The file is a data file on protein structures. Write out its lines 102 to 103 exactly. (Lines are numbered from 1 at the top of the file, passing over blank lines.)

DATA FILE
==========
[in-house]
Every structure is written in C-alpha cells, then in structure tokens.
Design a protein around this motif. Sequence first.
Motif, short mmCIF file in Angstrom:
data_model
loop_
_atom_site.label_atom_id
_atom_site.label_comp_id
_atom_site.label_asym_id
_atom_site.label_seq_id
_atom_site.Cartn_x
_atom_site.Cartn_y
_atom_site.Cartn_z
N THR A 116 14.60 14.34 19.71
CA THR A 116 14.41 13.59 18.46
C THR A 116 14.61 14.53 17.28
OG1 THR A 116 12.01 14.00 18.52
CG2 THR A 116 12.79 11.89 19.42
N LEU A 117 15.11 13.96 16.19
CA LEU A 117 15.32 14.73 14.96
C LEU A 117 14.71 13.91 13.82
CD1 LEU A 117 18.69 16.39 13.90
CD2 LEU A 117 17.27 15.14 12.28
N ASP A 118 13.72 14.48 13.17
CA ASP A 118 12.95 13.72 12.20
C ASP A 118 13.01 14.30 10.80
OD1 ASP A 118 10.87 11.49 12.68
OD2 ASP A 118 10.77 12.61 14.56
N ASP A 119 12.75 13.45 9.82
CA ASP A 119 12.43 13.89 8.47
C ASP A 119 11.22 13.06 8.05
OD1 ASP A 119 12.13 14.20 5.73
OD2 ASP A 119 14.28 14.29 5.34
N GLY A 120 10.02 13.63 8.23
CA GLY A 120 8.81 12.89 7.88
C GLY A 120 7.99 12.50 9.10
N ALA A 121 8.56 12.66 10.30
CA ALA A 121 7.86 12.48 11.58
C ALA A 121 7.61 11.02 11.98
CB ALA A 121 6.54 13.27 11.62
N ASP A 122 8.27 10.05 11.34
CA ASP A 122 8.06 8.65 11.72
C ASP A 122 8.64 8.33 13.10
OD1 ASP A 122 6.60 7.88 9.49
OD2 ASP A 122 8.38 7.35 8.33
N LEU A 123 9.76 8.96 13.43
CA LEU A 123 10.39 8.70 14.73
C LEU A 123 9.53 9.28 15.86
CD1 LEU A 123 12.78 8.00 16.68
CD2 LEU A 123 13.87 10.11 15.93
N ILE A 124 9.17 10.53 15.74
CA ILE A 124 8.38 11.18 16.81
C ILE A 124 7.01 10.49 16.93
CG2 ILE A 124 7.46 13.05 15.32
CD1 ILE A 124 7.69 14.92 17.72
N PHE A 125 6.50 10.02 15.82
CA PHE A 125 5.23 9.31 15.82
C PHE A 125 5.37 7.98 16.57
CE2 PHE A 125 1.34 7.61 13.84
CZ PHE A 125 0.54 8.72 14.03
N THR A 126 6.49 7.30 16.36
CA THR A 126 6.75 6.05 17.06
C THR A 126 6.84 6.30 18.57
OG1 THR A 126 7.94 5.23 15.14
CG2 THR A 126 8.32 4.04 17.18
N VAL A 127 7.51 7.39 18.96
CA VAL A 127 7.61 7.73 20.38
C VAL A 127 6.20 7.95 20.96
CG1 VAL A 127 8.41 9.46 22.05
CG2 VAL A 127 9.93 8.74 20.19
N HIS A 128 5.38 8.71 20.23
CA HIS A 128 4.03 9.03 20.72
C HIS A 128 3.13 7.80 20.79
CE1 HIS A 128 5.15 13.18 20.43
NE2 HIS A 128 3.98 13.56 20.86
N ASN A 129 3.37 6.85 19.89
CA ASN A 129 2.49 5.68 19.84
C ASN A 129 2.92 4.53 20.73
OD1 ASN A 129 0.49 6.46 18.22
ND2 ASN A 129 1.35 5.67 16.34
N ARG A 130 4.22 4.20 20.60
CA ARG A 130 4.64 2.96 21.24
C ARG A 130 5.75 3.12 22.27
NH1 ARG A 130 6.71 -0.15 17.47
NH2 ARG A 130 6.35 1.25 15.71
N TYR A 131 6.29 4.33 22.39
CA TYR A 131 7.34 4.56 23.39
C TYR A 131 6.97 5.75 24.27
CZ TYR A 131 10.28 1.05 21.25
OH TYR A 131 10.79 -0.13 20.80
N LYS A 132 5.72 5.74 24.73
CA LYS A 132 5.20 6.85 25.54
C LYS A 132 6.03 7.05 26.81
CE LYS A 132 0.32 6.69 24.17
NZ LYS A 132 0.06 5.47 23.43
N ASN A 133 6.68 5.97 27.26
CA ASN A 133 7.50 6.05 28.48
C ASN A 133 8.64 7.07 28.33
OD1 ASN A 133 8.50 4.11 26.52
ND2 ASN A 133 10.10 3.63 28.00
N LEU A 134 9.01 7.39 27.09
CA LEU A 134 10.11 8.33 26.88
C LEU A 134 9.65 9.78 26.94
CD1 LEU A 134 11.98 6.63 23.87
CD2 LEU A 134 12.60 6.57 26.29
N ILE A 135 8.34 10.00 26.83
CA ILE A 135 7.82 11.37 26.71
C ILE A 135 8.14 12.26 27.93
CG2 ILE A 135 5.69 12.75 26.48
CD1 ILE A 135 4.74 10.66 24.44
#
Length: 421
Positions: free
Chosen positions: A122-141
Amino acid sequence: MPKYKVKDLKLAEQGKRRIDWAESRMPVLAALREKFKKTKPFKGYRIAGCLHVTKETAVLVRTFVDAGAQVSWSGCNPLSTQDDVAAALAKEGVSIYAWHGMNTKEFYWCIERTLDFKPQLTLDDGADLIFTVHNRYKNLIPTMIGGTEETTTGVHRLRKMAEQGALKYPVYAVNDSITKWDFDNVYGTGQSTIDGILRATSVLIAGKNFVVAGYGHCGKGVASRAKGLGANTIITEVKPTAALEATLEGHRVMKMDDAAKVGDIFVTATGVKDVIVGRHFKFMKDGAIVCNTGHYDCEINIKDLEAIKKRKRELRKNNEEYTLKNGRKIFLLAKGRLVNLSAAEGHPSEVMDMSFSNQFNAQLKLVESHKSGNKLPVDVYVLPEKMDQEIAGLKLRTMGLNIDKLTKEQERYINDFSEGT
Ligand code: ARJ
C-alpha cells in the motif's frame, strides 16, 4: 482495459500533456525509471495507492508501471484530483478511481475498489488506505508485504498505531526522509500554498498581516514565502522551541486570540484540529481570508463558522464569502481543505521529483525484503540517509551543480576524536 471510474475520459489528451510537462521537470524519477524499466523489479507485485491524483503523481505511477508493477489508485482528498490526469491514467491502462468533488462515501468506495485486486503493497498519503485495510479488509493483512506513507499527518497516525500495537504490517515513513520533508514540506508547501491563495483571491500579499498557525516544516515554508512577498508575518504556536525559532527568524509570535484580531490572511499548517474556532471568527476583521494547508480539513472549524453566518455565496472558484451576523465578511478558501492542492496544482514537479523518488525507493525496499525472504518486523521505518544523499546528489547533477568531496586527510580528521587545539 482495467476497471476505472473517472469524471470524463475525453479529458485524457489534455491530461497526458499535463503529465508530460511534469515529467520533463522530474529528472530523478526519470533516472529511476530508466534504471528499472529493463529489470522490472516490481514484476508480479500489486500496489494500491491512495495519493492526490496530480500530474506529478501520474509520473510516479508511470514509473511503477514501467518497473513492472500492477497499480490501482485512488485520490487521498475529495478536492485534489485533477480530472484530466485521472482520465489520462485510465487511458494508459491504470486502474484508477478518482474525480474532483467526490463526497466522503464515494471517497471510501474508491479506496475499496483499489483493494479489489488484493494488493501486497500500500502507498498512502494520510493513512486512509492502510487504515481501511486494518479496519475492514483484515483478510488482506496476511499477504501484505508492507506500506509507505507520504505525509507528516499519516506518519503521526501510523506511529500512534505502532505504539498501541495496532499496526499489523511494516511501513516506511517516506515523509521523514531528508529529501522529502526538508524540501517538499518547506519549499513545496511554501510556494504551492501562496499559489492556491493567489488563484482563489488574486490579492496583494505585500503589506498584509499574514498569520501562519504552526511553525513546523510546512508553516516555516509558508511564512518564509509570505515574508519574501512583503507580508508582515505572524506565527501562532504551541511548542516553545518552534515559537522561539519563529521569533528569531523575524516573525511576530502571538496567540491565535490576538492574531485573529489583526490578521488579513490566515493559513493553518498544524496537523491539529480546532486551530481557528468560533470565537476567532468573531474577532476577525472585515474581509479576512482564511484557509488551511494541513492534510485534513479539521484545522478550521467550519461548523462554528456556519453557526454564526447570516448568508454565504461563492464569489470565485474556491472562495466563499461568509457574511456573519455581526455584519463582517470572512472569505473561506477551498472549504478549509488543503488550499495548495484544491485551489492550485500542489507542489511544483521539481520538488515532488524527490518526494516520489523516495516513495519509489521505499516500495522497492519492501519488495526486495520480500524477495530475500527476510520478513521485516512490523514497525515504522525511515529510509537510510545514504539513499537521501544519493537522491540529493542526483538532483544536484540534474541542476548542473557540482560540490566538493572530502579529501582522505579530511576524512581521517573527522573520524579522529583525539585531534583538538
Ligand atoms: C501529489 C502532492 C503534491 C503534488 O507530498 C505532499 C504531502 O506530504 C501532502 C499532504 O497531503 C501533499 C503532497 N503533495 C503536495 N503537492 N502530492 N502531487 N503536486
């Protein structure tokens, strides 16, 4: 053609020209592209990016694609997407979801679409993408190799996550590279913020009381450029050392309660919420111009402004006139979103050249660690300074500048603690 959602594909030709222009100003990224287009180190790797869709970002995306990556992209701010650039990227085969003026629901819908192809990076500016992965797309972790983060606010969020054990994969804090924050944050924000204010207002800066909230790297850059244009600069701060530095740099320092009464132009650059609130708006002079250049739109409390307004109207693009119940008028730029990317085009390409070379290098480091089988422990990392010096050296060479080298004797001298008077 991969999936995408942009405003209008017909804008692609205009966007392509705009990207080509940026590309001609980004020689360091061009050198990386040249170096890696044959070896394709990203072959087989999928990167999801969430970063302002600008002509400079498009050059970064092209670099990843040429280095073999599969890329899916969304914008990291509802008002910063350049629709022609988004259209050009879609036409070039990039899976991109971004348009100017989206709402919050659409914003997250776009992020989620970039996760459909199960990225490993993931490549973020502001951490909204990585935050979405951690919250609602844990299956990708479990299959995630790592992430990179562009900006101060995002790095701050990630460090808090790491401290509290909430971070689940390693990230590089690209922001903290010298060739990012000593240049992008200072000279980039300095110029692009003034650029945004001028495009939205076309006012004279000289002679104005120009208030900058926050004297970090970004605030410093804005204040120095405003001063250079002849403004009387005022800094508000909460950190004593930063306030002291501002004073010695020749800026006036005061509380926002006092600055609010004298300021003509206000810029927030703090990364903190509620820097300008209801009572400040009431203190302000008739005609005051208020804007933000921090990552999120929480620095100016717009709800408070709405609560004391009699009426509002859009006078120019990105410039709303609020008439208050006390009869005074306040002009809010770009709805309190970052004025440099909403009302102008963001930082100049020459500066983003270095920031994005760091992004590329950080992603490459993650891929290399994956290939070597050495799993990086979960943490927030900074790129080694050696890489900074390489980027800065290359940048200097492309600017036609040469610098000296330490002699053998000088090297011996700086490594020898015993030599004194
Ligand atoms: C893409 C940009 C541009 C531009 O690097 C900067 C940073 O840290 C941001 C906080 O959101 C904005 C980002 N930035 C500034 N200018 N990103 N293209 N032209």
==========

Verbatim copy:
CA LEU A 134 10.11 8.33 26.88
C LEU A 134 9.65 9.78 26.94